Around this time of year, many university students are writing their exams at the end of the fall term or handing in final papers, making it a stress-filled time. I know when my daughter was away at university, one of the ways that I could let her know I was thinking about her at that time was by sending her an exam survival care package. At her university, there were premade packages that you could order from the university but sending ones with personal touches from home are extra special too.
Ideas for the exam survival box include:
- Quick and easy (non-perishable) meal options like canned pasta, Ramen noodles, boxes of mac and cheese, soups, instant oatmeal, cold cereal, fruit cups. Sure, there may be better options than these nutritionally but I’ve seen the way some of the college students would eat during exams – existing solely on chips or cookies and at least these provide a more substantial and balanced meal than that. Some peanut butter and crackers can be good to have on hand too.
- Tea, coffee, hot cocoa, fruity drink mixes. If you’re visiting your child, taking a case of bottled water is a great healthier alternative.
- Snacks like chips, microwave popcorn, pretzels (pretzels make for a more nutritious choice and if there are no nut allergies, they would be a great addition as well) You can also look for some of the healthier chip options such as those made from sweet potatoes if you think your child would eat them.
- Some sweet treats for occasional splurges.
- School supplies that can make organizing for exams a little easier – index cards for making study notes, Post-Its, highlighters, new pens (especially ones with coloured ink for colour coding), fun themed pencils and erasers
- Something fun for taking a study break – an inflatable ball or frisbee that can be used for a quick impromptu game with dorm-mates to blow off some energy, one of those squishy stress balls, a new active game for the video game system, a new movie on DVD or new CD of dance tunes, a cuddly new stuffed toy
Besides sending them “I’m thinking of you” care packages, another way we can support our kids who are away at university and writing exams is by providing them with skills and knowledge they need for success.
- Get enough sleep: Emphasize the importance of getting enough sleep. Many kids try to cram before exams and keep crazy late hours, trying to get by on only an hour or two of sleep. Help them figure out how to plan out their study time so they can get in at least 6 hours of uninterrupted sleep (8-10 hours is even better).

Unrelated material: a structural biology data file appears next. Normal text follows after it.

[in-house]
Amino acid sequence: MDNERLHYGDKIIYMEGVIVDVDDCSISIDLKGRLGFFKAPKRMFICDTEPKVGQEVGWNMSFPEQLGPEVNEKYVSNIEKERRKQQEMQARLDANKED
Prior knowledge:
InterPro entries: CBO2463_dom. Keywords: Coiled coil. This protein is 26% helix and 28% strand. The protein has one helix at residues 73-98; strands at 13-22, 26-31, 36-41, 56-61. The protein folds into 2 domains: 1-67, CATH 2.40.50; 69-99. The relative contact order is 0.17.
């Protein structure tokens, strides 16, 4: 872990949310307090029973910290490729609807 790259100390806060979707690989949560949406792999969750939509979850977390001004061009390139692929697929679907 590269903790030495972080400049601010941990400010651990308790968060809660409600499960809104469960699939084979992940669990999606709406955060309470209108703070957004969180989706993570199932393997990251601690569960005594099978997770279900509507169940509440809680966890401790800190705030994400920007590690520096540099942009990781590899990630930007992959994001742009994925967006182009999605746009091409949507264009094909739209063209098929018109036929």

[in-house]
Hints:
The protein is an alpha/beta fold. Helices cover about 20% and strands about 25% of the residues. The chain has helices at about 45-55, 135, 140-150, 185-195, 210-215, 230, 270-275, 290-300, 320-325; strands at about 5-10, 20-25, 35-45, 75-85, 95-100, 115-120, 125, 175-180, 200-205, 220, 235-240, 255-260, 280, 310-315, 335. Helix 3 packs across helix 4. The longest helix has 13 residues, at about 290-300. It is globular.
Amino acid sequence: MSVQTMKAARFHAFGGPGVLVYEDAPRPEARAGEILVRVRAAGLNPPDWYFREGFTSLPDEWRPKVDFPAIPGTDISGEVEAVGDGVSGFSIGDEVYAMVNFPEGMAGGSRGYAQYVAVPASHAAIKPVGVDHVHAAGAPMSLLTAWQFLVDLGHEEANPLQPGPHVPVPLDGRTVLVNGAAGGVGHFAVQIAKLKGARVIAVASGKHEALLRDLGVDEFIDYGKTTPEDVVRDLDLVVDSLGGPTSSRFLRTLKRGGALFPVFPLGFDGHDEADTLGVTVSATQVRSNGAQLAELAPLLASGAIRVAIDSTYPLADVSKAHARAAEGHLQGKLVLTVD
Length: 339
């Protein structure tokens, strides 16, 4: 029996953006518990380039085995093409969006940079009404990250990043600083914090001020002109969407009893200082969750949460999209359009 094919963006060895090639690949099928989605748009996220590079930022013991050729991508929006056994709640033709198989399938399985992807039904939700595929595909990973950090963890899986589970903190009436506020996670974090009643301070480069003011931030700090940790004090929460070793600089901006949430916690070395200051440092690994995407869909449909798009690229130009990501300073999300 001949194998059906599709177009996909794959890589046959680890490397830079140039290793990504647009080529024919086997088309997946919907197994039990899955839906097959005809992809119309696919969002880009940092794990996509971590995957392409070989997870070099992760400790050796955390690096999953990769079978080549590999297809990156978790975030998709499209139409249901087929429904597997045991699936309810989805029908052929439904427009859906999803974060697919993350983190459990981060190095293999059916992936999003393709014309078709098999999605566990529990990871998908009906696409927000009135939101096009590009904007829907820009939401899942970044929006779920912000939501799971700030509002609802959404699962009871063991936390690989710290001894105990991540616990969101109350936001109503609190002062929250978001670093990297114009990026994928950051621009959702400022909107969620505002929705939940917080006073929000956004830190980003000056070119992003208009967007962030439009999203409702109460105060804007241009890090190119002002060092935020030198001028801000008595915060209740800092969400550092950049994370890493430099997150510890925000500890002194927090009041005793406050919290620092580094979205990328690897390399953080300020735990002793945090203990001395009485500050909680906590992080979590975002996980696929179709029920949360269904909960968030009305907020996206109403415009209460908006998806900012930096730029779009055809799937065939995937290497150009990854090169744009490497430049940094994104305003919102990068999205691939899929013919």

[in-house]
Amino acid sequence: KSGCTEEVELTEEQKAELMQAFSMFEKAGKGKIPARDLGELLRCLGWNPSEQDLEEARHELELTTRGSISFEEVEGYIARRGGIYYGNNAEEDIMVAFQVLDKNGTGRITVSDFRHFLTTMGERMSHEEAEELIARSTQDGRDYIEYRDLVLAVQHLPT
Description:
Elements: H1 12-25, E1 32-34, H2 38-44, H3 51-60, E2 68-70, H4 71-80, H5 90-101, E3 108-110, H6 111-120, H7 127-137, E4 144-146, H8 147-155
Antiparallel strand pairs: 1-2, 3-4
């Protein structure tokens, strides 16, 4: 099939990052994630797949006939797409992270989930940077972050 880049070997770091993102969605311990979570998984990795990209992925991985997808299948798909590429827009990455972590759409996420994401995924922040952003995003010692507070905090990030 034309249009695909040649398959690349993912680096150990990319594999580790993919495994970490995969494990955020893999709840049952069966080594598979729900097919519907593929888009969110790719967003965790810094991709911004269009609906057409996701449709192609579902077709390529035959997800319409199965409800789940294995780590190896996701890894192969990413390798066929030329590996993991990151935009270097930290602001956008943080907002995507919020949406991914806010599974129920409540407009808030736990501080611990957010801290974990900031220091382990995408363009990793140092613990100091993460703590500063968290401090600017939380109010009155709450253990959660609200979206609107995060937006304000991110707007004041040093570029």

- Get in some physical activity: I know when I was taking exams, my time was spent either sitting at a desk or lying on my bed with my face buried in the books. Had I taken a short break to do something active – going for a 20 minute walk or heading outside to shoot some hoops for a bit – my study time would likely have been all that more productive when I went back to it.
- Stay hydrated: Encourage them to keep a bottle of water nearby at all times while studying. It’s easy to get wrapped up in prepping for the exams to the point where we forget to eat and drink properly.
- Stay nourished: Speaking of eating properly, a balanced meal helps to feed not only the body but the mind as well. Taking a nutrition break and making sure to get in some protein, carbohydrates, and yes even a little bit of fat helps keep everything in tune. It’s especially important to have a decent (not too filling as to dull the senses) meal before heading off to an exam.
- Use deep breathing techniques: When I was teaching, I taught my students to do 4-4-8s. We practised them ahead of time and then used them just before each test as a way of calming our bodies and minds. You breathe deeply, inhaling for a slow count of 4, holding for a slow count of 4, and then exhaling for a slow count of 8.
- Talk it out: When they get overwhelmed, be sure they know that you are just a phone call (or Skype) away. Show them you can be a good listener and give them the opportunity to vent. Resist the urge to attempt to solve their problems or offer advice unless they ask for it.
- Listening to music: Listening to some fast rockin’ music or something quiet and soothing (depending on what they need at that time) can often serve as a great way to unwind and step away from their studying, especially when done right before an exam. By then, continued “cramming” can often be more harmful than good as panic starts to set in so taking a few moments to relax with music can help to take their minds off the test long enough to calm their nerves a bit.
- Get help: Most universities have help centers where students can go and learn better study skills and techniques. If your child is having difficulties with exams, this is a good place to find the assistance they need to improve.
- Post exam rituals/rewards: Help your child come up with a way of unwinding and rewarding themselves after an exam. It’s tempting to immediately begin studying for the next one but taking even an hour or two to head out to the movies, catch up on their favourite tv show, gather up some dorm-mates for a board or card game, or go out for a bite to eat can give them something to look forward to after an exam and give them some energy for the next one.